Recently, I discussed how you can start feeling the basics of Brazilian rhythm to help you in learning the many incredible styles of Brazilian guitar from Samba to Bossa Nova.
Today, let’s dive into the style that many people think of when they think of Brazilian guitar: Bossa Nova.
Bossa Nova is an extension of the Samba rhythms that came before it.
It usually has a more relaxed and laid-back feel than Samba.
Bossa Nova usually extends across two 2/4 measures. Slight variations between the two measures create the characteristic syncopation and “bounce” of Bossa Nova.
The Basic Bossa Nova
The key here when learning Bossa Nova is to simplify the chords you’re playing so you can cultivate the characteristic feel of Bossa Nova. Until you get the feel internalized, you’ll be effectively lost, and no amount of chord changes or jazz chords will save you.
So, when you’re starting out with Bossa Nova, just work these rhythms patiently while holding on a single simple chord–say, a C major 7, which is just like the C major in 1st position that you already know and love but with the index finger lifted up off of the 2nd string. So your ring finger is at the 3rd fret of the 5th string, your middle finger is on the 2nd fret of the 4th string, and the 3rd, 2nd and 1st strings are open.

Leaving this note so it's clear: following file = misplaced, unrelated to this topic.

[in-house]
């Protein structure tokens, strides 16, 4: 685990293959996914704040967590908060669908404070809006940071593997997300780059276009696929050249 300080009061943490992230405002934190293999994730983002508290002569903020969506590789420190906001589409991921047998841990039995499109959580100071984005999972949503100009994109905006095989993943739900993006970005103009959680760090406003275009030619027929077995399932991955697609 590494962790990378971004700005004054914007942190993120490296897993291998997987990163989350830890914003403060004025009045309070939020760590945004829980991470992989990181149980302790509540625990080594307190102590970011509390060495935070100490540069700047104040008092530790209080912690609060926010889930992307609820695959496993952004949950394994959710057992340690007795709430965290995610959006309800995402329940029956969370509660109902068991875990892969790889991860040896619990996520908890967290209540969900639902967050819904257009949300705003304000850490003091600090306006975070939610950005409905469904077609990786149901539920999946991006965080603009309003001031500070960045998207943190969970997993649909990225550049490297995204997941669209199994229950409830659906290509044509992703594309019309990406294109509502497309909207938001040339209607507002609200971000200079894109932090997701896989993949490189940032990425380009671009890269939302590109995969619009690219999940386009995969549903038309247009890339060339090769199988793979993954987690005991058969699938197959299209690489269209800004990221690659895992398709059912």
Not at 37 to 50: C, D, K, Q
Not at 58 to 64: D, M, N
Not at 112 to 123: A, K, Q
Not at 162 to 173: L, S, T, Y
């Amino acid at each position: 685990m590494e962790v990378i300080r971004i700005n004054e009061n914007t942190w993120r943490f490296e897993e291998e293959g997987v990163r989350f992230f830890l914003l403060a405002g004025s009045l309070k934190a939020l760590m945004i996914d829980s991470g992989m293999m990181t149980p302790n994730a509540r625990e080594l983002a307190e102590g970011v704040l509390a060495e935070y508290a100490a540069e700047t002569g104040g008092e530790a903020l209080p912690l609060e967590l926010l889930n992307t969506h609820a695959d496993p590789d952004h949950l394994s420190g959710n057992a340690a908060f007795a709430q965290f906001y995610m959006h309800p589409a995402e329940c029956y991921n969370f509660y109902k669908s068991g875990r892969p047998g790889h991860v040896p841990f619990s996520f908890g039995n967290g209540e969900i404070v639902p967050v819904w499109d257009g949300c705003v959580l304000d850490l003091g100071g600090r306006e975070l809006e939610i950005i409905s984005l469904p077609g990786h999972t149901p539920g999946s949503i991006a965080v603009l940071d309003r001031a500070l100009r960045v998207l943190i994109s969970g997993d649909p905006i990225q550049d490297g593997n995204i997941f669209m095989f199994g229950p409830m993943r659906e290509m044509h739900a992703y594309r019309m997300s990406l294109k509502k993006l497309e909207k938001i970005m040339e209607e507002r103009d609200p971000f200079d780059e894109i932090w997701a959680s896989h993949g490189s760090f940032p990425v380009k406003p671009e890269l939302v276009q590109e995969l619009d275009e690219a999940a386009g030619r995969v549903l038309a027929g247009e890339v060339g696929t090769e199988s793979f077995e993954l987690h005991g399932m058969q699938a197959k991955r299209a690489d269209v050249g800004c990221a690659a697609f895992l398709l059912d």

Bossa Nova relies on the division of your picking hand into two parts–the thumb is the first part and your index, middle and ring fingers are bunched together as the second part.
This means you’re either playing your thumb (P) or your other fingers (IMA).
Here is the most basic Bossa Nova rhythm. Let’s clap it out to get the feel for it first. Clap only the parts of the rhythm that are not inside parentheses:
1 (e) & (ah) 2 e (& ah)
Right there, you have the kernel that leads to all kinds of Bossa Nova variations.
Now let’s head over to the guitar.
To start building a feel for this basic Bossa Nova rhythm on the guitar, just play the thumb for the 1 and 2. Play the IMA finger block for the & of 1 and the ‘e’ of 2.
That looks like this:
…..1 (e) & (ah) 2 e (&)(ah)
So, to get started feeling the Bossa Nova basic rhythm on the guitar, you start right here with a simple chord and work on feeling the clear difference between playing 1 (e) AND (ah) vs. 2 E (and ah). That difference is quite subtle until you really notice the difference, at which point you’ll start to sense the incredible complexity concealed within even this simplest rhythmic variation.
Once you can feel the difference, try changing chords. First, change after you’ve completed that entire rhythmic sequence. Try going from the C major 7 you’re already playing to another simple chord, like G major.
Once you can change from chord to chord after a full measure, you can start exploring what it feels like to have two chords per measure. Start the 1st beat with a C major 7 chord, and change to your G major on the 2nd beat.
From here, it’s a simple process of expanding your ability to play more complex jazz chords while maintaining the same rhythmic feel that bounces through this slight variation.
Stay tuned as we start to extend this basic Bossa Nova pattern to reveal additional variations that further fill out the characteristic Bossa Nova sound!